The reason behind the change and its positive impact on processes, people and the organisation have to be well presented by highly acceptable and respected staff in a logical and easy to understand way and frequently.
You need champions everywhere to keep momentum and prevent u-turns, they need to work hand in hand, set an example and celebrate the success and prove the effectiveness of the change.
Since you are hiring new blood, it’s a chance to incorporate the ability and openness to change as an essential element of new hires, there are tools and probing questions that help you identify your targets.
And finally the way I see it: “convince me and I will go with you”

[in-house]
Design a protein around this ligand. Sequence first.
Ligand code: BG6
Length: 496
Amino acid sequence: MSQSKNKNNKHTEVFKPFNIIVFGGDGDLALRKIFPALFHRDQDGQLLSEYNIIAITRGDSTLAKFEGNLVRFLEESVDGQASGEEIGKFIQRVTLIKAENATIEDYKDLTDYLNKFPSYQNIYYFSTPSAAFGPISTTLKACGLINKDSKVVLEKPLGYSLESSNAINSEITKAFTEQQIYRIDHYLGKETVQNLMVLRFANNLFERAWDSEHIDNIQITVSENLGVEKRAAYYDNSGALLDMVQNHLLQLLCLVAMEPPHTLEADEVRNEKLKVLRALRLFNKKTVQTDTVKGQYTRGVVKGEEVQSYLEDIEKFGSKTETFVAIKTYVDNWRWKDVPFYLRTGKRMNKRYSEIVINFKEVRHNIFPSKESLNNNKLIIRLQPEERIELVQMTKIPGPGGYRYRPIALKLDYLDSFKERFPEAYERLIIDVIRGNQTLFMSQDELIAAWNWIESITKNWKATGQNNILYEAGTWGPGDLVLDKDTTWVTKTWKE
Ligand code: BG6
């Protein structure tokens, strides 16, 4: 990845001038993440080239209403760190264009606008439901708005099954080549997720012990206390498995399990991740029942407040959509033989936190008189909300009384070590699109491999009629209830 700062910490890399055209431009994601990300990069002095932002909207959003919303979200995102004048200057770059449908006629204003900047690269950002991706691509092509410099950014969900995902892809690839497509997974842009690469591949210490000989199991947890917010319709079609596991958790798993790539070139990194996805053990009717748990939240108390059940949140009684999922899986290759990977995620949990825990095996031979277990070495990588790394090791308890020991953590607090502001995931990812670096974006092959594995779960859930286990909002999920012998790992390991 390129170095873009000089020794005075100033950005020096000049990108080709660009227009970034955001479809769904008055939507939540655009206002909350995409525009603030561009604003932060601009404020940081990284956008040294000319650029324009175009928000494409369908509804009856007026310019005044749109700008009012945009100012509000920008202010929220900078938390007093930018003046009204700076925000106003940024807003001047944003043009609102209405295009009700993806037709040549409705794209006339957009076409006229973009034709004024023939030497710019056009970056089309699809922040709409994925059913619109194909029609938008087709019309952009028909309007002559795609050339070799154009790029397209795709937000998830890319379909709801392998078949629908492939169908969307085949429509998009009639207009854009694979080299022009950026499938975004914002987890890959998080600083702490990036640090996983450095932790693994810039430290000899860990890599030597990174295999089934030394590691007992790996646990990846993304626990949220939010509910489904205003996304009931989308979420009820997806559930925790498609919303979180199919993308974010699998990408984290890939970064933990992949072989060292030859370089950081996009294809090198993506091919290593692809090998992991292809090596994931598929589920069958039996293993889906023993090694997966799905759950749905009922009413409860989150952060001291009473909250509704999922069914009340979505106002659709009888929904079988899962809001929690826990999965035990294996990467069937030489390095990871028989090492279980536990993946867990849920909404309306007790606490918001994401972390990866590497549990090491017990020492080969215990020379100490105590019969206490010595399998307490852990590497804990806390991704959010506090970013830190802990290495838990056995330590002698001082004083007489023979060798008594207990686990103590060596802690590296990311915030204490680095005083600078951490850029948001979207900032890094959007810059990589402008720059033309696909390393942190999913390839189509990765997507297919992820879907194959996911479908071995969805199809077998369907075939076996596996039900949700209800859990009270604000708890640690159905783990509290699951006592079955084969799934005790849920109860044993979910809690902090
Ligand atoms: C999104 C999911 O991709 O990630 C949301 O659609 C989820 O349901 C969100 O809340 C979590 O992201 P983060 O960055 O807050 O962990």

I think you answered your own question in your last sentence – “we are just putting out small fires as opposed to strategically developing a plan to truly help our employees find a common ground to navigate the changes we are experiencing.” If you are just making small changes in multiple departments with no overarching strategy it will always feel like you are chasing your tail. You need the big vision of what you want first – then go after the small wins to build to it.
Here is what I started with, even though it is on digital transformation I would say the theme is consistent where it starts with culture.
We partner and intergate with many different types of health care organizations and cultural alignment is the number 1 issue we encounter in every situation. In order to successful, even if you are just focusing on internal cultural alignment is ensuring that everyone is aligned toward the same vision and goals.